Adeline’s 1812 Journal: November 1813

Adeline’s 1812 Journal: November 1813

©2013 Mollie Pearce McKibbon

A fictional journal as it might have been written by a young woman in Grenville County during the War of 1812.

Blueberry Creek Farm                                                                                                                                               Saturday, November 13, 1813

Dear Janetta,

William rode in to visit me today.  There was solemn news of a huge battle at Mr. Crysler’s farm many miles east of here along the St. Lawrence shore.  William said that he had reported that he, Charles and White Wolf had seen the American gunboats approaching and that Lt. Duncan Clark had warned the settlers along the river shore.  The weather has been a miserable mixture of snow and sleet, not the best for a battle, but the Americans have been harassing the ships and boats on the river for some time, so an attack was expected.

First of all, William relieved my mind about Charles, Father, And the Randalls.  All of them got through the battle without major wounds, thank the Lord, but sadly, Charles’ friend, John Thompson, was killed instantly right beside Arthur Randall in the last skirmish.  The Americans had been hit hard and seemed to be retreating, although our soldiers were greatly outnumbered.  Suddenly, one company wheeled round and began advancing towards our men.  Our troops led by Lt. Colonel Morrison and Major Heriot fought very valiantly and in the melee John was killed and Arthur wounded in his left hand.  The doctor was able to remove the bullet and bind it.  The settler women nearby were helping to find the wounded and aid the doctor.  

I was thrilled to hear of how bravely our young men acted along beside the professional soldiers and I was grateful to William for coming to let me know that my dear Charles was still hale.  The militia is pursuing the Americans, but I am trying not to be too concerned.  I am keeping myself busy while I wait for Charles to return.  I have completely cleaned our cabin, shaken out all our blankets, quits and coverlets and I have made some drapery for around our bed out of two old quilts mother gave me.  They will help keep out the cold.  I filled our kindling box, trapped some rabbits just like Father taught Henry and me.  I’m glad Father taught us how to snare partridge and grouse too, as I don’t think I could shoot well enough to bring down anything as large as a deer or even manage to drag it back home through the woods.  Besides, musket balls are scarce now.  I must save them for the stray lynx, fox or bobcat that might try stealing our few chickens.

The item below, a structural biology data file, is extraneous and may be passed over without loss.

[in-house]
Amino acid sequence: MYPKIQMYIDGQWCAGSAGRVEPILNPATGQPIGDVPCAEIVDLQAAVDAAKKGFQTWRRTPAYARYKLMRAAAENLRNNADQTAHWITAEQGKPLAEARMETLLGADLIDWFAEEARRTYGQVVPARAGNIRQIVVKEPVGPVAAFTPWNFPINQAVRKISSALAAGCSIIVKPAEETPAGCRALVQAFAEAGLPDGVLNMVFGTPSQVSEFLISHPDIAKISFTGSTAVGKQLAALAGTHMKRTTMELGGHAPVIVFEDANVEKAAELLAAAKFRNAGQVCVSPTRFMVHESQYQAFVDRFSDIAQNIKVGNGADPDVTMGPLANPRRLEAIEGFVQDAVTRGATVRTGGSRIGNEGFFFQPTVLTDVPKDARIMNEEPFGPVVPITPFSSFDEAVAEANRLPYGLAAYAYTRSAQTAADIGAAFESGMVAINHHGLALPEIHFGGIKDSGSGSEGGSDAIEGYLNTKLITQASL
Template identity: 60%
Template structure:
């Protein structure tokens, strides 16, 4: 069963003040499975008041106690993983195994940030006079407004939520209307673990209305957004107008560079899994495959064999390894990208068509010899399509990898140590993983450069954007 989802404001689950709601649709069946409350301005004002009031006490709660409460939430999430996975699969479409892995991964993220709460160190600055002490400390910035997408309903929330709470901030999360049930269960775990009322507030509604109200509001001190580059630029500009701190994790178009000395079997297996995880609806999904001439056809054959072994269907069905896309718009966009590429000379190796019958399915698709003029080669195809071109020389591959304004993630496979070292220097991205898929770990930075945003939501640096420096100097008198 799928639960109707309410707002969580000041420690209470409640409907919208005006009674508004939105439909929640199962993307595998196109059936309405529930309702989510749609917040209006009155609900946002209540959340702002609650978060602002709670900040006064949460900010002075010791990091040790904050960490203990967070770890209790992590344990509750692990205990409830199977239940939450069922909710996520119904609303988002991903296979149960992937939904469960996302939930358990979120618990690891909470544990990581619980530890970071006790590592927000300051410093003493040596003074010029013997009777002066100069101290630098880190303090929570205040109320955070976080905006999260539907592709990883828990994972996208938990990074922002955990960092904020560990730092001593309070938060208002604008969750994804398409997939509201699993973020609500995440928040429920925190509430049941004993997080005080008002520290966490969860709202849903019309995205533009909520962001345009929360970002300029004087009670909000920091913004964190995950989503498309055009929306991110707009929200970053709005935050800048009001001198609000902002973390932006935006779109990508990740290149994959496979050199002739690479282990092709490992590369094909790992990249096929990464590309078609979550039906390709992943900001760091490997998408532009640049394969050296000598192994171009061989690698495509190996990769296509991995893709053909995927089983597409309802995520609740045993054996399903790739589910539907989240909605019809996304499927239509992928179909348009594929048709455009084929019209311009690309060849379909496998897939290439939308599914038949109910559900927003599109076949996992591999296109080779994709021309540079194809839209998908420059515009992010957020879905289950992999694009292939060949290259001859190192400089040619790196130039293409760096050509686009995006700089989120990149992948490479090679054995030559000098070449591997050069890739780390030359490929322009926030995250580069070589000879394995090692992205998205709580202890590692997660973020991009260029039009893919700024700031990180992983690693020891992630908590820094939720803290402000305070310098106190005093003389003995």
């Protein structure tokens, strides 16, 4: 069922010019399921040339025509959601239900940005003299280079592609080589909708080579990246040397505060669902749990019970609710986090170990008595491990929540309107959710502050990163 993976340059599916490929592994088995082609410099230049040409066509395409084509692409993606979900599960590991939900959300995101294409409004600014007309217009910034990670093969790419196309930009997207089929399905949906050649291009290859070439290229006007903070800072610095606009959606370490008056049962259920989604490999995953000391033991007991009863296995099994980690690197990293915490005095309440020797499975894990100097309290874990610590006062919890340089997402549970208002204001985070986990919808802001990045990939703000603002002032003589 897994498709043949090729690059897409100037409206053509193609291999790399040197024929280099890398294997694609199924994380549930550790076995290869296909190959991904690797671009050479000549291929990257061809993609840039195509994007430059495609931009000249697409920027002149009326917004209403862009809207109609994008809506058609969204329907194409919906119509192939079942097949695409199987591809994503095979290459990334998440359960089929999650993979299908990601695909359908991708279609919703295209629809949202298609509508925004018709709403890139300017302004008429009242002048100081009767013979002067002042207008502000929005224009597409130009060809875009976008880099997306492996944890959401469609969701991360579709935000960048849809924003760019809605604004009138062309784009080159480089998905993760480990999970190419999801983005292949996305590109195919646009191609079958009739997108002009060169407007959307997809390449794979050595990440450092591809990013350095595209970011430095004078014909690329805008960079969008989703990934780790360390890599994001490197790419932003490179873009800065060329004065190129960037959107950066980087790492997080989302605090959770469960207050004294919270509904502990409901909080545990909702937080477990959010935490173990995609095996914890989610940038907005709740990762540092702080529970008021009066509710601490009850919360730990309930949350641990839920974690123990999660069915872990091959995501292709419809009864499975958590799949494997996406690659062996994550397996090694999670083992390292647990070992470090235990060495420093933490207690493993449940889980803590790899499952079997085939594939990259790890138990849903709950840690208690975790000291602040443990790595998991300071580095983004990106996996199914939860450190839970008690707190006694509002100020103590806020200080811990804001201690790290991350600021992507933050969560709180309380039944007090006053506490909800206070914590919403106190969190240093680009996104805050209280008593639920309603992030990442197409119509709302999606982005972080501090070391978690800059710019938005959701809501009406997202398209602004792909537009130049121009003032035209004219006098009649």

William didn’t stay long as he was anxious to see Elizabeth.  Her time is getting close.  Their baby is to be born in December.  I do hope all will go well.  However, I could tell from Williams face, when he first arrived that the battle must have been horrible.  He had promised Charles he would stop by.  I shall keep myself very busy as it helps the time pass and I will do less fretting.  I hope Charles returns home soon.  

I was hoping that William might have a letter from Charles’ parents in England.  We have been expecting one as Charles has written them about our wedding.  I expect it has been delayed by the war against Napoleon or perhaps the mail was seized by the Americans.  I did hope to have good news to tell my dearest.  I miss him so and I won’t be truly happy until I see him here by our hearth.

Longingly, Adeline

Blueberry Creek Farm                                                                                                                                                Monday, November 15, 1813

Dear Janetta,

Heaven be praised!  Charles returned home today.  Pirate and I ran out to meet him through the wet snow and I could hardly let go of him once he’d dismounted.  He looked so very weary.  I could see that the battle had taken a toll on his spirits and his body.  He stabled his horse and I got to work preparing a hot luncheon.  We had the two rabbits I had snared in a good stew with some of the root vegetables from Thistledown Farm.  I made a batch of biscuits and for the final course we had blueberry bread pudding.  Charles declared himself well satisfied and we sat for awhile drinking hot tea while he described the battle.  He said that although our men were outnumbered by the Americans, clever planning by our commanding officers and the help of the Indian warriors like White Wolf and his people  turned the tide in our favour.  He also said that the American army had tried to attack Montreal in Lower Canada but had been repulsed at Chậteauguay at the end of October so perhaps they know now that we are not to be easily conquered.